Liquid Soul Review
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An unidentified man was jumped by a mugger on the street in an attempt to take his money. Immediately, this potential victim grabbed his knife and slit his attacker’s throat. The blood trickled down his own skin and, for a brief period, he lived as the mugger and experienced a distinct time in the assailant’s life. That’s when it all began. That’s when he discovered “Liquid Soul.”

After this incident, the narrator (we never learn his name) seeks more individuals to kill in order to experience this same feeling, to live a significant event in someone else’s life. He believes that the soul is mixed with blood, and, at the point of death, this “Liquid Soul” can be experienced by slashing the throat and allowing the blood to flow on him.

Each person’s blood feels different. He slashes those from all walks of life—from the rich and famous to drug addicts and the mentally disturbed. He even believes that the victims thank him for stepping into their souls. He then sneaks the bodies into his back yard and buries them. He converses with them and they with each other. They’re the family that he never had. As this feeling wears off, though, he becomes depressed until he finds another victim. He’s addicted.

Liquid Soul is a dark novel that allows readers to peek into the mind of a psychotic killer, giving us a view of his perception of his victims. Each brief chapter focuses on the murder of a different victim and his experience of living a defining point in their lives. We know little about our killer, except that he has no friends, no family, and no purpose until now. And, as I read, I found myself wanting to know more about this man: how he earned a living, how he got his money, and how he never seems to get caught. Though this kept nagging at me, it seems as though author Matthew Carter avoided the issue to keep his readers from losing the ominous tone of the story. At the same time, because I knew so little about the character, I also had no feeling for him—neither good nor bad. This detachment allowed me to participate solely as an observer—an unusual position that I actually relished.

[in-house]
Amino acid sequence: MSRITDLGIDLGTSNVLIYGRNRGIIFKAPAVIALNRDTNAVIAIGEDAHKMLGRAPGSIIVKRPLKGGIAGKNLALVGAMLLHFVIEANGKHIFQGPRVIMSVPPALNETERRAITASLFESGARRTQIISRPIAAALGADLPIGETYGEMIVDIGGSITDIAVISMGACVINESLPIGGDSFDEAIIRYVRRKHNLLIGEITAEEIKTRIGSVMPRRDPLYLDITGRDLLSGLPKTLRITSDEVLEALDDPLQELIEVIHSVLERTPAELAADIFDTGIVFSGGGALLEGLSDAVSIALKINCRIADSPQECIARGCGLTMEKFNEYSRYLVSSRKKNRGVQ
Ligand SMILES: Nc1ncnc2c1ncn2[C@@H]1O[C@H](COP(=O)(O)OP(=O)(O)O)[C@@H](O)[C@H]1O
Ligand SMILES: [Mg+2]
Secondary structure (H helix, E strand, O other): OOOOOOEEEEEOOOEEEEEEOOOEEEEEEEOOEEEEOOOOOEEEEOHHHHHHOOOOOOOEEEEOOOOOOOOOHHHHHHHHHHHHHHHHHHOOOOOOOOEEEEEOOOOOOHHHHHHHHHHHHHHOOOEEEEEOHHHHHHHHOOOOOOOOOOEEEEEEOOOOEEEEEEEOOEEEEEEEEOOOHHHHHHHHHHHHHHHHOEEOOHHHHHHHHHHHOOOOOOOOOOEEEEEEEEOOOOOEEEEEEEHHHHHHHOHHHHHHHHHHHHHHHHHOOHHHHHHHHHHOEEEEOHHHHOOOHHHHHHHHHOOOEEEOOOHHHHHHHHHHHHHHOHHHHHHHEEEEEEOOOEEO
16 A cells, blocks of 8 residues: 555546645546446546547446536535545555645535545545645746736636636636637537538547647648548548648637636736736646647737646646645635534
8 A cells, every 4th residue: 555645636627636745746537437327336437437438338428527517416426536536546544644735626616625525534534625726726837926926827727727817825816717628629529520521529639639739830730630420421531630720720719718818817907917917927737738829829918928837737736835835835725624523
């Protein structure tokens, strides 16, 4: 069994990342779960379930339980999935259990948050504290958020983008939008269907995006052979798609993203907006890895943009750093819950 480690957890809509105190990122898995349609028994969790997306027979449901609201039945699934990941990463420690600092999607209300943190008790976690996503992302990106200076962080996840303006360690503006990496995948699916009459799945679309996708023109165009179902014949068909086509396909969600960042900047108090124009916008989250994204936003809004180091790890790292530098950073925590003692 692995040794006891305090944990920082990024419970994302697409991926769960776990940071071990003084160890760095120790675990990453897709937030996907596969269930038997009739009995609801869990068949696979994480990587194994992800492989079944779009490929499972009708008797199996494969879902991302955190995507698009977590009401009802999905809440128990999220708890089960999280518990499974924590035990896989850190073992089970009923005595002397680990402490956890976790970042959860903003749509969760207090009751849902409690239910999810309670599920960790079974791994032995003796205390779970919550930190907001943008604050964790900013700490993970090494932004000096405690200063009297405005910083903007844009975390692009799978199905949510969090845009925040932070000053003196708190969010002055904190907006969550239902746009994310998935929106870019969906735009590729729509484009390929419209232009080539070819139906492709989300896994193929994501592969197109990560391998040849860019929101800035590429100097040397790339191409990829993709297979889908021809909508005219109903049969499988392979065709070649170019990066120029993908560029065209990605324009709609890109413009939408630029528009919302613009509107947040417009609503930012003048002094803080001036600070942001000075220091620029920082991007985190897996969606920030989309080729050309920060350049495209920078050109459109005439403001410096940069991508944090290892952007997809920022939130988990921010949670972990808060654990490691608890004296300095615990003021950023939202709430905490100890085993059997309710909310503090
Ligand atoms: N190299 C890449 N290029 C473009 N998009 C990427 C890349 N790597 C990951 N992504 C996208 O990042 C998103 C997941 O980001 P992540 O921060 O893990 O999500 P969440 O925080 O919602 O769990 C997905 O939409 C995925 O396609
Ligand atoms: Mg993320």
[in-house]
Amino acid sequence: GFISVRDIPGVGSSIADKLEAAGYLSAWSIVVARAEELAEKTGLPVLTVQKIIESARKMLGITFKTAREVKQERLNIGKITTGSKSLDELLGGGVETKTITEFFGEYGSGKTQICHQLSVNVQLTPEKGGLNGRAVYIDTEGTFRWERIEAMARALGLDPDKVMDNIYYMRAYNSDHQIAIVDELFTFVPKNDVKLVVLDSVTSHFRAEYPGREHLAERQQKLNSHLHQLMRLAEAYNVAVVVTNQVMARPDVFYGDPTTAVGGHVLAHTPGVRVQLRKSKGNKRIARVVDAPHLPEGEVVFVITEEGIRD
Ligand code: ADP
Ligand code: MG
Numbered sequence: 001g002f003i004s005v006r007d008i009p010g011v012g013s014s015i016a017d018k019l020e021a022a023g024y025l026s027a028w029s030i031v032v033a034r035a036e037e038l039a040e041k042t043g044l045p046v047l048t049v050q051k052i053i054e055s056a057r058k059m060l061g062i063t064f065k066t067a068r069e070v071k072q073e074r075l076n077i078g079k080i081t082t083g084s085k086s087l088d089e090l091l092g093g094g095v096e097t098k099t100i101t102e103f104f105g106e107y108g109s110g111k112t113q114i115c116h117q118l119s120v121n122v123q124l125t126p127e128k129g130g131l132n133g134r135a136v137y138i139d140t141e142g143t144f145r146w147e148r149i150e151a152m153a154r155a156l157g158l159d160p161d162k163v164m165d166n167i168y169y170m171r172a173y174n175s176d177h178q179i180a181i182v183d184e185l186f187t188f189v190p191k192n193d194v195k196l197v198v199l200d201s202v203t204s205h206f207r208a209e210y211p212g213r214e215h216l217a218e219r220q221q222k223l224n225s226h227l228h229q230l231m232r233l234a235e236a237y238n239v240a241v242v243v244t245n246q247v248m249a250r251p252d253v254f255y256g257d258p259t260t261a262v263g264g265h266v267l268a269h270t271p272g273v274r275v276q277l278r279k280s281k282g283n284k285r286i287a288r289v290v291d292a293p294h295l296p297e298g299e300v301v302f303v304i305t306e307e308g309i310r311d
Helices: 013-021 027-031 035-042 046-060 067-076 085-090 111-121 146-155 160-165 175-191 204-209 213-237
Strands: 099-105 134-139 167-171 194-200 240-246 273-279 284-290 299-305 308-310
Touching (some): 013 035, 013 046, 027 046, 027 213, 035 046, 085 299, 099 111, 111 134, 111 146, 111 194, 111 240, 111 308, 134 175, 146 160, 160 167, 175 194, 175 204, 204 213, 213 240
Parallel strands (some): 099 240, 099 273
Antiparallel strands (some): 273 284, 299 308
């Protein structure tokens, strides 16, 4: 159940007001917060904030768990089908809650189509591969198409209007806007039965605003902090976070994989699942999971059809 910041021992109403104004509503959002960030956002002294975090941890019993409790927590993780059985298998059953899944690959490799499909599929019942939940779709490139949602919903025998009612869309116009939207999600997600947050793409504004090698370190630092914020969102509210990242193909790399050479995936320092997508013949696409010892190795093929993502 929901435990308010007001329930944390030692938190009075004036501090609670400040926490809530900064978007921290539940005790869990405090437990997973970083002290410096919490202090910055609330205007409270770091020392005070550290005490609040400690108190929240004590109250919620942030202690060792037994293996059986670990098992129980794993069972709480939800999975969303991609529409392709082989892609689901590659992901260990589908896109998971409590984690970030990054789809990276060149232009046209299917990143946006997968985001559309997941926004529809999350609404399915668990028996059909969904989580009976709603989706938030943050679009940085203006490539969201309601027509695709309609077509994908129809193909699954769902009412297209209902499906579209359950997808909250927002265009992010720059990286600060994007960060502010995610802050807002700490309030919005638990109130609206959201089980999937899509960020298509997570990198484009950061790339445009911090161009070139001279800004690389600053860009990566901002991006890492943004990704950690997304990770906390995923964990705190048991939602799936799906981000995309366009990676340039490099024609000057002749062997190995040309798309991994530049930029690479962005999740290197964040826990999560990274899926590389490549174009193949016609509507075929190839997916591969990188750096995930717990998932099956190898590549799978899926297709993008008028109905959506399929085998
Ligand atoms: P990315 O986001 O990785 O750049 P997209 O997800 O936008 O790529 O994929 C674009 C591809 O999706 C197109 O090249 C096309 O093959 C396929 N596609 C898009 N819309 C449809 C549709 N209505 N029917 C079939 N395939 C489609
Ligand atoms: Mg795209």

Though the book reads quickly, I often found it so intense that I had to put it aside and resume it a day or two later, just to take a breath. The narrator’s throat slashing is written in such graphic detail, even describing the characteristics of the blood as it differed from victim to victim. It was also difficult to read about the murder of certain victims, such as children.

Liquid Soul is a fascinating but eerie novel, and it’s definitely not for the squeamish. Still, though this is Matthew Carter’s first novel, I think I’m up for another one.

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